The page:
Sunday, 23 December 2012

Life in Latvia after 50 Years: Part 1

The following is from a speech which Janis CIRKSIS delivered detailing his experience as a Latvian returning home after 50 years of Soviet occupation. It was written in around 1997 so most likely a lot has changed since then. It is a deeply personal account of his experience and by no means is it intended to be indicative of a more general experience. Having said that, it does express many of the daily struggles of Latvians as they tried to reestablish their independence after 50 years of occupation.

The original document is written in a script font and thus I have had to transcribe it manually.  In order to publish something this week, I have decided to break it (arbitrarily) into 2 halves. As per usual, I would love to hear from you. In particular How do you think life in Latvia has changed since 1997?

Life after 50 years in Latvia


Tonight I would like to share with you my experiences and observations about the present life in Latvia. I visited Latvia for about 3 months in 1993, and during 1994/95 I lived there for a further period of 17 months. What I will have to say should not be generalized, because my statements will be to a large extent very subjective. Part of them will also be of a private nature, but I hope will illustrate the current living conditions in Latvia during these periods.

One cannot fully put in words the felling I experiences on my arrival in Latvia after so many years of absence from the country of my birth. For the first time in my life I could see with my own eyes our old capital Riga, our largest river Daugava, the Latvian Statue of Liberty, and take quiet walks through the
The view from Turaida Tower as photographed by Janis CIRKSIS
inner city with its beautiful gardens. From the observation platform of St. Peters church in the heart of Riga opens up a wide panoramic view of the inner, and large part of the outer city. While still in RIga, I visited the Latvian Memorial Cemetery “Bralu kapi”, and the resting places of our best sons and daughters. Later on during my travels through the Latvian countryside I could enjoy the views of the green farmlands, wide forests, rivers, lakes and the Baltic seaside. For a few days I visited the “Gauja” National Park. From the various lookouts and from the tower of “Turaida” one obtains a good view over this very large and beautiful Park. Within this park one finds also the well known “Dainu” hill and the resting place of the “Rose of Turaida”.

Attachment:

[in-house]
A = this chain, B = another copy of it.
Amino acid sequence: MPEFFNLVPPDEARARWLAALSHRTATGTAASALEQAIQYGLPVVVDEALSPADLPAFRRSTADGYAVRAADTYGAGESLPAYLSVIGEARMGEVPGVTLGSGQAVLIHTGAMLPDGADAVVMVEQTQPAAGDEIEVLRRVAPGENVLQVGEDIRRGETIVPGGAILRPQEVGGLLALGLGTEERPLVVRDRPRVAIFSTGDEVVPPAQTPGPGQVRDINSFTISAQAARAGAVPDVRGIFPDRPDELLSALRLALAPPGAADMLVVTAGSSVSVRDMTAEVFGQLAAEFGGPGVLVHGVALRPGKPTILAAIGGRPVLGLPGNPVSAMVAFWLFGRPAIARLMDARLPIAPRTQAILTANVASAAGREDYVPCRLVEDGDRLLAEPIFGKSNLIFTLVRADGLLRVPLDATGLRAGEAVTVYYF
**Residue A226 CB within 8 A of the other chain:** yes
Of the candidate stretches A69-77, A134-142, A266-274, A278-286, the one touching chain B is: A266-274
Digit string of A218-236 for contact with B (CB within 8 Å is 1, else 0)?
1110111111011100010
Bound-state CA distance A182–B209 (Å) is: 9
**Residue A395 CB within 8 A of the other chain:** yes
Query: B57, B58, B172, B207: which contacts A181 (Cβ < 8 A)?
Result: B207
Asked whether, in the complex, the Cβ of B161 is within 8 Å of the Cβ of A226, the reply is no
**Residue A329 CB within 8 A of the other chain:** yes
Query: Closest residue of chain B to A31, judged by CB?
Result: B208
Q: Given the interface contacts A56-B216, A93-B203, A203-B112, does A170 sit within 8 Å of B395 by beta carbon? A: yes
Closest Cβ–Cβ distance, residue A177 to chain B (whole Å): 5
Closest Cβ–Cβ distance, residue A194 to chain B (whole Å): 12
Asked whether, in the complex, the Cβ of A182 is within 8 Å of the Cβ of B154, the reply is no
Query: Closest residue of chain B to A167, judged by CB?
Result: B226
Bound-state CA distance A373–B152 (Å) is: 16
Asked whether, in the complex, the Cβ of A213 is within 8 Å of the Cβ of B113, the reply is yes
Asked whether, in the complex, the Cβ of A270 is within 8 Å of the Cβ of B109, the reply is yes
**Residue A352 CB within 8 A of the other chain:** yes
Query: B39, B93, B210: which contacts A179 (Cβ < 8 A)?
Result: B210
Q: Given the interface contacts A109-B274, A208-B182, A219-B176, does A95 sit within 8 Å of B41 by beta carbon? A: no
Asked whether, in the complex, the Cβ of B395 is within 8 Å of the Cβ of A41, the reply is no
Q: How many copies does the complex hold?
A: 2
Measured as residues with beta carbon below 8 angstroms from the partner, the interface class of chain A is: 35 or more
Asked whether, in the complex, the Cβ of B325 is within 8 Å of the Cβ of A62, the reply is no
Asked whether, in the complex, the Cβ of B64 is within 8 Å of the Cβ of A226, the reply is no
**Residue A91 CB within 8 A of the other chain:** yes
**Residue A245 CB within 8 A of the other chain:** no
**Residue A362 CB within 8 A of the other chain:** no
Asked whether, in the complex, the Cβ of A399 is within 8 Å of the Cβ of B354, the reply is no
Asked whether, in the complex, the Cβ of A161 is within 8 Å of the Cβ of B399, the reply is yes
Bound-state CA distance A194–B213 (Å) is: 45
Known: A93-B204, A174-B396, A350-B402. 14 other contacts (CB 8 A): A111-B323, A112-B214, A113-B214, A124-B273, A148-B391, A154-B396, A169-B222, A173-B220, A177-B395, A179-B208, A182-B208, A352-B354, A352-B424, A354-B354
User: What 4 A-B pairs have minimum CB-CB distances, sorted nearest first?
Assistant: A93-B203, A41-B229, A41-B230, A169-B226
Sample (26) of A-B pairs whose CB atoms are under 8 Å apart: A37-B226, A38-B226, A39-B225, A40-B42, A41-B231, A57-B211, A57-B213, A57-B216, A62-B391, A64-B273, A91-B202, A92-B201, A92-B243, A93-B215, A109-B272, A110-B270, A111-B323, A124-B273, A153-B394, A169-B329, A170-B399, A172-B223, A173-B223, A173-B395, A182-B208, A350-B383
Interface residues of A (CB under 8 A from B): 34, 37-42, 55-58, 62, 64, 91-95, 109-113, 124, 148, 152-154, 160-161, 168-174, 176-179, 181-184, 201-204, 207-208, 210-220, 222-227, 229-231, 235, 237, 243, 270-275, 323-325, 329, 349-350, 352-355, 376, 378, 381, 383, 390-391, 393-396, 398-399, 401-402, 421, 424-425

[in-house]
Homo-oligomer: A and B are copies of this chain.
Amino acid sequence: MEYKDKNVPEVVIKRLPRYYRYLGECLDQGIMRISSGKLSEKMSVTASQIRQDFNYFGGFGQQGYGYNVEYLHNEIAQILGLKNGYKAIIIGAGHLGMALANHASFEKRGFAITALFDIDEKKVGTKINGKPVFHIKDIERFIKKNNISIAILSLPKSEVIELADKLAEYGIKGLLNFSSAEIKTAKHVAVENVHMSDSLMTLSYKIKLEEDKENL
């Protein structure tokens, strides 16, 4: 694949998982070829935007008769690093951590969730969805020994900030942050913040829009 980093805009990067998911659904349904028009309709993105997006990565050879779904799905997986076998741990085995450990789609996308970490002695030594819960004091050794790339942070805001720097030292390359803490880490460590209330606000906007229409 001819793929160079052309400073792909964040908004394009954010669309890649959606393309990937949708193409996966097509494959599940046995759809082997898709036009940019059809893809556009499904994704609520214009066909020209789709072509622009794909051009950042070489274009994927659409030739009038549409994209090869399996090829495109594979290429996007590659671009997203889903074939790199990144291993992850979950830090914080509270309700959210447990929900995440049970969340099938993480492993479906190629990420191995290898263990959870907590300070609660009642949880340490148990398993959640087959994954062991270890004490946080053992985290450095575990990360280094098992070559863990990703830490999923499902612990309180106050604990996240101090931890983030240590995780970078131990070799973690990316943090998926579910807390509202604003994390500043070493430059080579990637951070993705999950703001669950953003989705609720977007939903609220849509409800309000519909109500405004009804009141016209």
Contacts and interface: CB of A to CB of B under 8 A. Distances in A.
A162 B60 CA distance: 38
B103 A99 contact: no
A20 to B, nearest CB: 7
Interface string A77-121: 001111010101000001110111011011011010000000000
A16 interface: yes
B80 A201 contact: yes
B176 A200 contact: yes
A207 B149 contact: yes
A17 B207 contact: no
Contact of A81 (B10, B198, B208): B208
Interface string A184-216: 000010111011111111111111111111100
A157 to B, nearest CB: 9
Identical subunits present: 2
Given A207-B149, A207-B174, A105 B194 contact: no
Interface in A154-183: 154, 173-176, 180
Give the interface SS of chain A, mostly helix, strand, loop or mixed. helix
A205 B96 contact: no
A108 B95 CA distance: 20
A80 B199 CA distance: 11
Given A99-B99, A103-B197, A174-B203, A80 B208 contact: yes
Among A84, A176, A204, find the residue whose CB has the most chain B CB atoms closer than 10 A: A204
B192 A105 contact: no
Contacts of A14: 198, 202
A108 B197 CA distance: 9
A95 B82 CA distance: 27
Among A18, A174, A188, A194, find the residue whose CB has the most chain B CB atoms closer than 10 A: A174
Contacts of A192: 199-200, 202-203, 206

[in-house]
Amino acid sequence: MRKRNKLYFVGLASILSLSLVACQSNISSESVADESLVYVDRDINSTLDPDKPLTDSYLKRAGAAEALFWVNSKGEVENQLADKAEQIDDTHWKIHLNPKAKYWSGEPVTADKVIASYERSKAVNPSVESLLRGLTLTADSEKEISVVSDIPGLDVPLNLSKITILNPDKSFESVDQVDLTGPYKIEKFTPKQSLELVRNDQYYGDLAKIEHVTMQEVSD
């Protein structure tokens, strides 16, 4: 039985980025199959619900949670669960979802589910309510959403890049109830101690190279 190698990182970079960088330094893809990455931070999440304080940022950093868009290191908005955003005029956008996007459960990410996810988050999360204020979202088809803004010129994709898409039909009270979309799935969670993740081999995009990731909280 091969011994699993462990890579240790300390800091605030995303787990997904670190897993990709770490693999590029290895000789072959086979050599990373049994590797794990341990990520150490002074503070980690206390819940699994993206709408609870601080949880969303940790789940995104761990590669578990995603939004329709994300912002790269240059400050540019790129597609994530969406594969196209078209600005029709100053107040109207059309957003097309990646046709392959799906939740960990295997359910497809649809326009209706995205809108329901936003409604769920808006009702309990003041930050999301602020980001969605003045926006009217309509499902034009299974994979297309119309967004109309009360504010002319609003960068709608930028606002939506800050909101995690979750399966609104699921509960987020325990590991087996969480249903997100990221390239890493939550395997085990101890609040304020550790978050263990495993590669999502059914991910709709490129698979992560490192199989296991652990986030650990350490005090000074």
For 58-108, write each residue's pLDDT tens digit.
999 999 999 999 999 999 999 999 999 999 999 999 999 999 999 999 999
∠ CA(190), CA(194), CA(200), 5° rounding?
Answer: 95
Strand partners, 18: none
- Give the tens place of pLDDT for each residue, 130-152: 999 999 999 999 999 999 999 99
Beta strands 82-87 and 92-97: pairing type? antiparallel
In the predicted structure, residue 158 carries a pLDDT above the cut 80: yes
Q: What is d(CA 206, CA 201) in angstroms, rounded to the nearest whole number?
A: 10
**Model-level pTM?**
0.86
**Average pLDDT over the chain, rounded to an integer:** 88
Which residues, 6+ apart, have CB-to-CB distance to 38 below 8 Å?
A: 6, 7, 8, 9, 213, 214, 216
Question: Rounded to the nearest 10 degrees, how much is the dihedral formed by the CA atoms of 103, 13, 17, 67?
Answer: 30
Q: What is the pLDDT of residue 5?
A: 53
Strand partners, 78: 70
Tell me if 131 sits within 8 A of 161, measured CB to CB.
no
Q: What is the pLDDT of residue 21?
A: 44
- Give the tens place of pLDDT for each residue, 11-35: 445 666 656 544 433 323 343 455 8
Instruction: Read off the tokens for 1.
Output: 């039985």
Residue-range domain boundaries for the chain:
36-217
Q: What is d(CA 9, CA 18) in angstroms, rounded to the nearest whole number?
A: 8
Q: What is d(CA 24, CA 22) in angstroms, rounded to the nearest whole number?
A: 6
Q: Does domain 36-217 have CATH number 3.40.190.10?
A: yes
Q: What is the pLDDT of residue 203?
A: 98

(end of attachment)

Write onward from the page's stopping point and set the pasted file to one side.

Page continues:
Thursday, 6 December 2012

Reaching Out

Given the relatively narrow focus of this blog I have been quite surprised by the number of visitors that have viewed my posts. It seems that I have had over 600 unique visitors over the past few months. This presents an interesting question for me: Are the people viewing this blog CIRKSIS family members or people interesting in Latvian history?

If you are a CIRKSIS family member I would be interested in hearing from you. I am particularly interested in anyone who has information on the origins of the family name. If you are interested in Latvian history, what aspects are you interested in?

So even if you don't think we are directly related, why not post a message in the comments section of message me on twitter @cirksis?

I like to pop a photo into most posts so here is today's:

Here a few of the family heirlooms. On the top left is a ring given to Janis CIRKSIS by his mother during WWII. On the top right is a 1 Lats coin, it is made form silver and was worn on a necklace by Janis. In the middle are a pair of Latvian cufflinks which belonged to my father, I think they are silver, in the centre is an amber jewel. Finally, at the bottom are a pair of silver cufflinks which belonged to my uncle. 

Monday, 3 December 2012

The Australian Latvian Male Choir in Melbourne

While many Western English speaking nations define themselves in relation to their attitudes and there "way of life", Latvian folk song, folk tales and the Latvian language itself is considered fundamental to the Latvian identity. The language itself was born of the peasant farmers and solidified by Latvian academics who studied under Russian rule during the 19th and early 20th centuries.  See my article on  The Latvian Ethnic Identity for an in depth account of how Latvian Ethnic Nationalism came into being.

During the Soviet occupation, the Latvian language became endangered by mass deportations and immigration from the Soviet Union. Today the Latvian language continues to be an endangered language as the Latvians, Latvian Russians and stateless Russians in Latvia attempt to clean up the enthno-social mess left behind by the Soviets.

It is no surprise then, that the Latvian Diaspora considered it vital to maintain Latvian language culture in their new homes. One of the ways in which this was done was through Latvian Choirs. My father, Janis CIRKSIS was a member of such a choir, the Melbourne Australian Latvian Male Choir. One article published in the Sun (now the Herald Sun) mentions them:

Two of the best choir groups in an international choral concert at Wilson Hall ...  the Latvian Male Choir conducted by Karlis Nunavs, was heard in a selection of stirring or reflective songs which revealed splendidly resonant voices and good choral training in a company of singers already an acquisition here.
Below are some photos of the event, photographed at Wilson Hall at Melbourne University.

THe Latvian Male Choir of Melbourne, Australia sing at WIlson Hall at Melbourne University.